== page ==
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Health secretary Matt Hancock has set out his tech vision for the NHS, with a clear focus on open standards and interoperability.
The vision includes several proposals on how the NHS will become the “most advanced health and care system in the world”, through modern technology architecture, a focus on user needs, privacy and security, interoperability and inclusion.
It said that “getting the basics right” is key, with the gap between where “we are and where we want to be” only getting bigger.
“We need to take a radical new approach to technology across the system and stop the narrative that it’s too difficult to do it right in health and care,” the vision said.
This new approach includes improving infrastructure across the board, as the NHS is notorious for having un-interoperable systems that don’t talk to each other, disparate IT both within and across organisations and poor data quality.
Standards and flexibility
Hancock said in his vision that the government will set national open standards for data, interoperability, privacy and confidentiality, real-time data access, cyber security and access rules.
“These standards will be mandated throughout the NHS,” the vision said, adding that the government promises to change the way the NHS buys broadband contracts, laptops, desktops, software licences and developer time “so we break the supplier capture”.
“All new IT systems purchased by the NHS will be required to meet the standards we set out and, in time, existing services will need to be upgraded to meet these standards,” it said.
Changing NHS procurement will be done through shorter contracts that avoid lock-in, the vision added.
“Often contracts need to be broken into smaller constituent parts. This not only lets us continue to meet our user needs in better ways, it also encourages competition in industry, which can only result in better tools for us,” it said.
Instead of national contracts, the government wants to “build in flexibility so that local organisations can buy technology and services to meet local needs”.
“We will develop new frameworks, where required, to ensure a competitive marketplace and value for money,” it added.
Commenting on the launch of his vision, health secretary Matt Hancock said the tech revolution “is coming to the NHS”.
These robust standards will ensure that every part of the NHS can use the best technology to improve patient safety, reduce delays and speed up appointments.
“A modern technical architecture for the health and care service has huge potential to deliver better services and to unlock our innovations,” he said.
Innovating and meeting user needs
The vision also focuses on creating services across the health and care service that actually meet the needs of the users.
The government envisions a future where a healthy person stays healthy and active using wearables and other apps, is able to coordinate with their GP, and where clinicians or social care workers have the digital tools and services needed to support them to do their jobs.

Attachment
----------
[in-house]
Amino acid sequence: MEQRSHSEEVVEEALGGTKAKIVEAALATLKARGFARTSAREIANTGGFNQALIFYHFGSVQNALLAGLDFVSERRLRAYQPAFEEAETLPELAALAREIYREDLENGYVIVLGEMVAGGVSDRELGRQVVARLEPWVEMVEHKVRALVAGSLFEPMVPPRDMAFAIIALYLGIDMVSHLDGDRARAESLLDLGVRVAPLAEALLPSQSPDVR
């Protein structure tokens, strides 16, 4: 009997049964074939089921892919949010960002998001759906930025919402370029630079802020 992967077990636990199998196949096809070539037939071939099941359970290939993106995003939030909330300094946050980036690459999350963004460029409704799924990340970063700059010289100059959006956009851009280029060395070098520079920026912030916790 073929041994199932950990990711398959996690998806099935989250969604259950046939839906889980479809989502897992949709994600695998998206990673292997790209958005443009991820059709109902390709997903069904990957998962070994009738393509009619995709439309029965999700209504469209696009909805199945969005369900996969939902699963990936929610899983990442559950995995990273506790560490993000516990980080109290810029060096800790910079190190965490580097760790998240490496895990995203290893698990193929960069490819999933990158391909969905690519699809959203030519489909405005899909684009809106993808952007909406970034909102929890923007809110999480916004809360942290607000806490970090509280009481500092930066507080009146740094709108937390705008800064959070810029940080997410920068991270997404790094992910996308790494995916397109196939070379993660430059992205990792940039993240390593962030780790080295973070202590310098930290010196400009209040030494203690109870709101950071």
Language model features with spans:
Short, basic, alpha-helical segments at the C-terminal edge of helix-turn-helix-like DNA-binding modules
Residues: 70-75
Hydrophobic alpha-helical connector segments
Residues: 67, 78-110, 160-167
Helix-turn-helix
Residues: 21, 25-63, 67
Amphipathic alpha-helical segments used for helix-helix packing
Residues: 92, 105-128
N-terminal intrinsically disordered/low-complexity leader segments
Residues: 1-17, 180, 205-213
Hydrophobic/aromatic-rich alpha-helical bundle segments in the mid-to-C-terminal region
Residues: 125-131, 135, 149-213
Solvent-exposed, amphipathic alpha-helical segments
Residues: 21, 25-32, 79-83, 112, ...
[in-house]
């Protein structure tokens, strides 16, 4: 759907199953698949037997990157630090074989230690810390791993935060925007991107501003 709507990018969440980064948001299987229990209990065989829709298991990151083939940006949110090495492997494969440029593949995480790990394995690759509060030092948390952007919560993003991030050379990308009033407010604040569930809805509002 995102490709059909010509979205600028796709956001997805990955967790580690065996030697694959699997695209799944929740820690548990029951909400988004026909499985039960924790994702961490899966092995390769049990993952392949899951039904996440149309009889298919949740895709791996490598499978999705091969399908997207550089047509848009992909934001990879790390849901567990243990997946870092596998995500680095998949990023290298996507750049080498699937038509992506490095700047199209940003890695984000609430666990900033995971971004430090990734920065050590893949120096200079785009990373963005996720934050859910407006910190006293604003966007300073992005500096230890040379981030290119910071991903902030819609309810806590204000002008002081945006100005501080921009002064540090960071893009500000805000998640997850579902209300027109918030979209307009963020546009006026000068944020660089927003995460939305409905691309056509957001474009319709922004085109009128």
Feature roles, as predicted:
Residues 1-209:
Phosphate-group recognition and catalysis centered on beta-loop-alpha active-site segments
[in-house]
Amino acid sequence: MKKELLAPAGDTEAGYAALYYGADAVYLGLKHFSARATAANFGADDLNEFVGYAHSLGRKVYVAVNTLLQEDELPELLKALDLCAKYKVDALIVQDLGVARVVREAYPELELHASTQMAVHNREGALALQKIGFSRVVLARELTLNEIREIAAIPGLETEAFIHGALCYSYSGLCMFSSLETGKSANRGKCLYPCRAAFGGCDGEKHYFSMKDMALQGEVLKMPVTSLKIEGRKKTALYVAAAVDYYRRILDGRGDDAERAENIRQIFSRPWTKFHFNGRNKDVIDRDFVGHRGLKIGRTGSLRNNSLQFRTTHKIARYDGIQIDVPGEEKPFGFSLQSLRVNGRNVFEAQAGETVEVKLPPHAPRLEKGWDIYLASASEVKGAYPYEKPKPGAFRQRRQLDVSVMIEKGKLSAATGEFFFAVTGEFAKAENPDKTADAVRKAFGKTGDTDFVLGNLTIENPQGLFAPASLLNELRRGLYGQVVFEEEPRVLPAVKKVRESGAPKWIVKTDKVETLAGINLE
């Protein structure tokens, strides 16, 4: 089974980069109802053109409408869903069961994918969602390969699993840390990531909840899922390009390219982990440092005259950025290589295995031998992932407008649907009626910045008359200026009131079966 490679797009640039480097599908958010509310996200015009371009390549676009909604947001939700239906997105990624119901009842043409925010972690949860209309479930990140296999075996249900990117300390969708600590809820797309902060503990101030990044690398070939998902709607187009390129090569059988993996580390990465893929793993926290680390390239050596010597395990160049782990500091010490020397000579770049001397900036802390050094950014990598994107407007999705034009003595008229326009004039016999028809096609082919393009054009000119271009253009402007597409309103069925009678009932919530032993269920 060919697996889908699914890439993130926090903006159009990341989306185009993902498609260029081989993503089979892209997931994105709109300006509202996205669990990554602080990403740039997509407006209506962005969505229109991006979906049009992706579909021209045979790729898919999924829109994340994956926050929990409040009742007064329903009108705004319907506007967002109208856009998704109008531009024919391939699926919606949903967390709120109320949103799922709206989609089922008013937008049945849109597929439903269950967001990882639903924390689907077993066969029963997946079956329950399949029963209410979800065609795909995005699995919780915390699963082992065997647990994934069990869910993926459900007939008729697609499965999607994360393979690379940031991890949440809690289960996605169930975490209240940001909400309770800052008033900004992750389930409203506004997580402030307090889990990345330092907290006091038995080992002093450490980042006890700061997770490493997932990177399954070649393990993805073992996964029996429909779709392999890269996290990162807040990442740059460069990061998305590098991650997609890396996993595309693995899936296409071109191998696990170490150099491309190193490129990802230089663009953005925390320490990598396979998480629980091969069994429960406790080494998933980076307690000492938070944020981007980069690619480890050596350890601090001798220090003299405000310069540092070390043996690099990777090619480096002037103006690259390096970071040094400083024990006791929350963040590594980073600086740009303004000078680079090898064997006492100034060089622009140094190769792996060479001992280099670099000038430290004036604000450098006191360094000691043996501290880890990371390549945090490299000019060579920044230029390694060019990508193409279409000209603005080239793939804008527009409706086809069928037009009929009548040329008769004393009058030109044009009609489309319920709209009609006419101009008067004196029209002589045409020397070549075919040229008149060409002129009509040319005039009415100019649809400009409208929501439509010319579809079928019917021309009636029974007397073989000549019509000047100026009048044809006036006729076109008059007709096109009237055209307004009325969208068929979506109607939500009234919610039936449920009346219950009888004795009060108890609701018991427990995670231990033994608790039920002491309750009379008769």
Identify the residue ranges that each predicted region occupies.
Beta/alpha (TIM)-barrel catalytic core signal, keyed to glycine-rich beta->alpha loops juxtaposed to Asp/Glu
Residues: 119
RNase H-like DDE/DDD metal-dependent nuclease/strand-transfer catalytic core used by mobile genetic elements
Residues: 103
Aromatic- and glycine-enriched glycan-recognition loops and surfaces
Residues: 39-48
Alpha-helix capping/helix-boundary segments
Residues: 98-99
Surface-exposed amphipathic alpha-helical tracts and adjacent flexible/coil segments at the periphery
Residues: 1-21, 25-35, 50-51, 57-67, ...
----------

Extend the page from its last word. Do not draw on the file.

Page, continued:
“We need to build nationally only those few services that the market can’t provide and that must be done once for everyone, such as secure login and granular access to data,” the vision said, adding that this could mean that “some programmes need to be stopped”.
The government will also create a framework for researchers, innovators and tech companies to access guidance and develop products meeting user needs, as well as support uptake and adoption.
This is part of the NHS’s plan to create an ecosystem for healthtech and caretech through supporting finance access and encouraging collaboration between industry and the NHS.
“We want to make the rules and opportunities as clear and simple as possible to create a competitive marketplace for innovation where any tech company can compete and have an equal opportunity to deliver,” the vision said, adding that collaboration will be at the heart of innovation across health and care.
Earlier this month, NHS Digital and Great Ormond Street Hospital launched its Drive (digital, research, informatics and virtual environments) unit, which aims to harness existing technologies and embed them into hospital practice, firstly at Great Ormond Street and then throughout the NHS, to change the way healthcare services are delivered to patients.
The government’s vision said it aims to increase “opportunities for real-world testing and iteration by creating safe spaces for innovators and clinicians to develop and test products, services, business models and delivery mechanisms”.
It will also launch a healthtech regulatory sandbox to “test, iterate and de-risk the most promising innovations – and the relevant regulation – so that when they are ready for uptake across the NHS, clinicians can use them with confidence.
Hancock said that through his vision, the department wants to “to empower the country’s best innovators – inside and outside the NHS – and we want to hear from staff, experts and suppliers to ensure our standards will deliver the most advanced health and care service in the world”.
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